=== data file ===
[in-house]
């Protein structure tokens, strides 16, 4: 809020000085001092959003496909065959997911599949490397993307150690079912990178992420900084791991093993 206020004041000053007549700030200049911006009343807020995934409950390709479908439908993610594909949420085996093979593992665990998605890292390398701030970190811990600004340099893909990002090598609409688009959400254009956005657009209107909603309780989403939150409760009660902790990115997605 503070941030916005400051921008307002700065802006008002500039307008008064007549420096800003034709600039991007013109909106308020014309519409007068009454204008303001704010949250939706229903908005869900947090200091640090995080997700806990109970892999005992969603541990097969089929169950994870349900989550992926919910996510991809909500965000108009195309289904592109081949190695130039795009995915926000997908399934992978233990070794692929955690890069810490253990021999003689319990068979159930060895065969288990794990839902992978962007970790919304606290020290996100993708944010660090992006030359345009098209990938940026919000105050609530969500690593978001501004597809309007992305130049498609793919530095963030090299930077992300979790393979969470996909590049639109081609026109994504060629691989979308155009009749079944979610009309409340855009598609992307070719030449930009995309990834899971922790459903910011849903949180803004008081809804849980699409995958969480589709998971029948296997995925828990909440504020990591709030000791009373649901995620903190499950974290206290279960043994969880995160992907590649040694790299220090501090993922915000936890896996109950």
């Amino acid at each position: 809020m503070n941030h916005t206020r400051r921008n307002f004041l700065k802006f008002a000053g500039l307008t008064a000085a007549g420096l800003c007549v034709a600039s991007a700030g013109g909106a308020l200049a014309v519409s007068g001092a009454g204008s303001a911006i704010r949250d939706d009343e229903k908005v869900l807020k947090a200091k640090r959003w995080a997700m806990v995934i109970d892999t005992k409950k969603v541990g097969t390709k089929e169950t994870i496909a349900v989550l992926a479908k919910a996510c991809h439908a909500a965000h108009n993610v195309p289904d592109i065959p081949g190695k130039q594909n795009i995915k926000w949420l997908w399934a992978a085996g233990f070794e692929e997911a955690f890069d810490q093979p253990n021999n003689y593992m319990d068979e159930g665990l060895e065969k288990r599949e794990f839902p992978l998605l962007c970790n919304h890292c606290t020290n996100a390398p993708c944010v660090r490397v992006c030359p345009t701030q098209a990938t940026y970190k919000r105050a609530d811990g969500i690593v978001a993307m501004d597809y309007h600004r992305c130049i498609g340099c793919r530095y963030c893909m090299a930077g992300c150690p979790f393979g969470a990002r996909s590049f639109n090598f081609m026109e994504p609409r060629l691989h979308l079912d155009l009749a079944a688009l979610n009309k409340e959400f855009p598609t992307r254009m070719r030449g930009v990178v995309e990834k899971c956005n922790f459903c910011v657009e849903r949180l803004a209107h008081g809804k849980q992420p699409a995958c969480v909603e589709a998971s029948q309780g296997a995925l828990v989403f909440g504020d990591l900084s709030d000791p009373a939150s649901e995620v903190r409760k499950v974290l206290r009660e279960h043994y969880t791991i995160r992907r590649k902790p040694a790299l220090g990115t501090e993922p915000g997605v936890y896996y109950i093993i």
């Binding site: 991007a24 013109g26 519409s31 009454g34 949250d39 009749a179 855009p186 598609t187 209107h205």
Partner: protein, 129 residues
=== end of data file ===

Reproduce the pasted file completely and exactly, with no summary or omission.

[in-house]
């Protein structure tokens, strides 16, 4: 809020000085001092959003496909065959997911599949490397993307150690079912990178992420900084791991093993 206020004041000053007549700030200049911006009343807020995934409950390709479908439908993610594909949420085996093979593992665990998605890292390398701030970190811990600004340099893909990002090598609409688009959400254009956005657009209107909603309780989403939150409760009660902790990115997605 503070941030916005400051921008307002700065802006008002500039307008008064007549420096800003034709600039991007013109909106308020014309519409007068009454204008303001704010949250939706229903908005869900947090200091640090995080997700806990109970892999005992969603541990097969089929169950994870349900989550992926919910996510991809909500965000108009195309289904592109081949190695130039795009995915926000997908399934992978233990070794692929955690890069810490253990021999003689319990068979159930060895065969288990794990839902992978962007970790919304606290020290996100993708944010660090992006030359345009098209990938940026919000105050609530969500690593978001501004597809309007992305130049498609793919530095963030090299930077992300979790393979969470996909590049639109081609026109994504060629691989979308155009009749079944979610009309409340855009598609992307070719030449930009995309990834899971922790459903910011849903949180803004008081809804849980699409995958969480589709998971029948296997995925828990909440504020990591709030000791009373649901995620903190499950974290206290279960043994969880995160992907590649040694790299220090501090993922915000936890896996109950």
């Amino acid at each position: 809020m503070n941030h916005t206020r400051r921008n307002f004041l700065k802006f008002a000053g500039l307008t008064a000085a007549g420096l800003c007549v034709a600039s991007a700030g013109g909106a308020l200049a014309v519409s007068g001092a009454g204008s303001a911006i704010r949250d939706d009343e229903k908005v869900l807020k947090a200091k640090r959003w995080a997700m806990v995934i109970d892999t005992k409950k969603v541990g097969t390709k089929e169950t994870i496909a349900v989550l992926a479908k919910a996510c991809h439908a909500a965000h108009n993610v195309p289904d592109i065959p081949g190695k130039q594909n795009i995915k926000w949420l997908w399934a992978a085996g233990f070794e692929e997911a955690f890069d810490q093979p253990n021999n003689y593992m319990d068979e159930g665990l060895e065969k288990r599949e794990f839902p992978l998605l962007c970790n919304h890292c606290t020290n996100a390398p993708c944010v660090r490397v992006c030359p345009t701030q098209a990938t940026y970190k919000r105050a609530d811990g969500i690593v978001a993307m501004d597809y309007h600004r992305c130049i498609g340099c793919r530095y963030c893909m090299a930077g992300c150690p979790f393979g969470a990002r996909s590049f639109n090598f081609m026109e994504p609409r060629l691989h979308l079912d155009l009749a079944a688009l979610n009309k409340e959400f855009p598609t992307r254009m070719r030449g930009v990178v995309e990834k899971c956005n922790f459903c910011v657009e849903r949180l803004a209107h008081g809804k849980q992420p699409a995958c969480v909603e589709a998971s029948q309780g296997a995925l828990v989403f909440g504020d990591l900084s709030d000791p009373a939150s649901e995620v903190r409760k499950v974290l206290r009660e279960h043994y969880t791991i995160r992907r590649k902790p040694a790299l220090g990115t501090e993922p915000g997605v936890y896996y109950i093993i």
């Binding site: 991007a24 013109g26 519409s31 009454g34 949250d39 009749a179 855009p186 598609t187 209107h205």
Partner: protein, 129 residues